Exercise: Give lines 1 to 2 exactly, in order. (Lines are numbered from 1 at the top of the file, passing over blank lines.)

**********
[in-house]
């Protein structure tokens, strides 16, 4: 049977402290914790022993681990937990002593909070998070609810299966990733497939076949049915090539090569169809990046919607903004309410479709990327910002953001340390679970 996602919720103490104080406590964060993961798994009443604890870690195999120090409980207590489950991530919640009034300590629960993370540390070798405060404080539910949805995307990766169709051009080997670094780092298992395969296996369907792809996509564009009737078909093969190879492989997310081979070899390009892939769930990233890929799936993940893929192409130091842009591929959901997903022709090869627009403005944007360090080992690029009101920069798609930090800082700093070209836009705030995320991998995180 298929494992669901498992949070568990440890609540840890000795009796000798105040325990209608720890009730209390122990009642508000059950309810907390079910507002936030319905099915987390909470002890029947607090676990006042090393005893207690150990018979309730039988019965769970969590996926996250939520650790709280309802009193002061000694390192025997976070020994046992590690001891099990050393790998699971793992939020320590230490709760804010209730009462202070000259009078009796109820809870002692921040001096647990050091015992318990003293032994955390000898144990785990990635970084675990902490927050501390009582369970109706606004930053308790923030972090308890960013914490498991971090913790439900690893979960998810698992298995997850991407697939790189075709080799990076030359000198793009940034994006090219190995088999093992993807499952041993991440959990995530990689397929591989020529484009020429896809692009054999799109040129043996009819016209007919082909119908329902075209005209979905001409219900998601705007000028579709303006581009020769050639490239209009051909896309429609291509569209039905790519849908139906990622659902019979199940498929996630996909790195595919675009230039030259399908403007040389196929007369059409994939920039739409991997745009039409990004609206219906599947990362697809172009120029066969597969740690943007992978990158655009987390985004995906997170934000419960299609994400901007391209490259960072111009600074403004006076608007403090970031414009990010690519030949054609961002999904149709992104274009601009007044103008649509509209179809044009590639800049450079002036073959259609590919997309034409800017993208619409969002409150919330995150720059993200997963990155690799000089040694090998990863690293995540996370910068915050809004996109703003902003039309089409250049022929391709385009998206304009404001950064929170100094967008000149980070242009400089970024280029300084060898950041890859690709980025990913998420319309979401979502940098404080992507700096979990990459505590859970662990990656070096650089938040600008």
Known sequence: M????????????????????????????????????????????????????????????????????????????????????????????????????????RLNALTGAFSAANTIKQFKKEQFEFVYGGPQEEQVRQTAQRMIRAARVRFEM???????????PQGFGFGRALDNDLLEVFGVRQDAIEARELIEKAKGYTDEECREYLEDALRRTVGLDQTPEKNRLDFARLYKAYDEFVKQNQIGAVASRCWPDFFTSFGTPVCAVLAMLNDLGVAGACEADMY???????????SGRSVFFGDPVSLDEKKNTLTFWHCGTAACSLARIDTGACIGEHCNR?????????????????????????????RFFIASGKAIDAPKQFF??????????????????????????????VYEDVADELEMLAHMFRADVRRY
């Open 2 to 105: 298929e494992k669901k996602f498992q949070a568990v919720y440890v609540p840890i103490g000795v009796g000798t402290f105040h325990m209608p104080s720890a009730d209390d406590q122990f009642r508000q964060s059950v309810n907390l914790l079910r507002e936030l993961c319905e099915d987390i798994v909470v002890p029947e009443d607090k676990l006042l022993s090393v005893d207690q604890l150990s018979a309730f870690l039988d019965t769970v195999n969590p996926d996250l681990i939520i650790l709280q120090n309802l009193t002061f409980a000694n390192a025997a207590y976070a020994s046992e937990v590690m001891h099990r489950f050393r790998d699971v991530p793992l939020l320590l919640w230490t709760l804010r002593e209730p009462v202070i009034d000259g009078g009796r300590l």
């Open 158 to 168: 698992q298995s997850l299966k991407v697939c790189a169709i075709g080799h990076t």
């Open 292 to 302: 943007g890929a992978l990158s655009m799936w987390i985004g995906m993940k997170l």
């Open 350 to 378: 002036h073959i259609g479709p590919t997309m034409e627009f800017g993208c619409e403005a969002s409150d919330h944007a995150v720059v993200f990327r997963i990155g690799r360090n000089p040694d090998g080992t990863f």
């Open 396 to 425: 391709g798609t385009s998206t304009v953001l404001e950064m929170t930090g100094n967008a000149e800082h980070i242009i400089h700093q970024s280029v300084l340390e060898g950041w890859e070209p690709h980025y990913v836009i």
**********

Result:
[in-house]
């Protein structure tokens, strides 16, 4: 049977402290914790022993681990937990002593909070998070609810299966990733497939076949049915090539090569169809990046919607903004309410479709990327910002953001340390679970 996602919720103490104080406590964060993961798994009443604890870690195999120090409980207590489950991530919640009034300590629960993370540390070798405060404080539910949805995307990766169709051009080997670094780092298992395969296996369907792809996509564009009737078909093969190879492989997310081979070899390009892939769930990233890929799936993940893929192409130091842009591929959901997903022709090869627009403005944007360090080992690029009101920069798609930090800082700093070209836009705030995320991998995180 298929494992669901498992949070568990440890609540840890000795009796000798105040325990209608720890009730209390122990009642508000059950309810907390079910507002936030319905099915987390909470002890029947607090676990006042090393005893207690150990018979309730039988019965769970969590996926996250939520650790709280309802009193002061000694390192025997976070020994046992590690001891099990050393790998699971793992939020320590230490709760804010209730009462202070000259009078009796109820809870002692921040001096647990050091015992318990003293032994955390000898144990785990990635970084675990902490927050501390009582369970109706606004930053308790923030972090308890960013914490498991971090913790439900690893979960998810698992298995997850991407697939790189075709080799990076030359000198793009940034994006090219190995088999093992993807499952041993991440959990995530990689397929591989020529484009020429896809692009054999799109040129043996009819016209007919082909119908329902075209005209979905001409219900998601705007000028579709303006581009020769050639490239209009051909896309429609291509569209039905790519849908139906990622659902019979199940498929996630996909790195595919675009230039030259399908403007040389196929007369059409994939920039739409991997745009039409990004609206219906599947990362697809172009120029066969597969740690943007992978990158655009987390985004995906997170934000419960299609994400901007391209490259960072111009600074403004006076608007403090970031414009990010690519030949054609961002999904149709992104274009601009007044103008649509509209179809044009590639800049450079002036073959259609590919997309034409800017993208619409969002409150919330995150720059993200997963990155690799000089040694090998990863690293995540996370910068915050809004996109703003902003039309089409250049022929391709385009998206304009404001950064929170100094967008000149980070242009400089970024280029300084060898950041890859690709980025990913998420319309979401979502940098404080992507700096979990990459505590859970662990990656070096650089938040600008």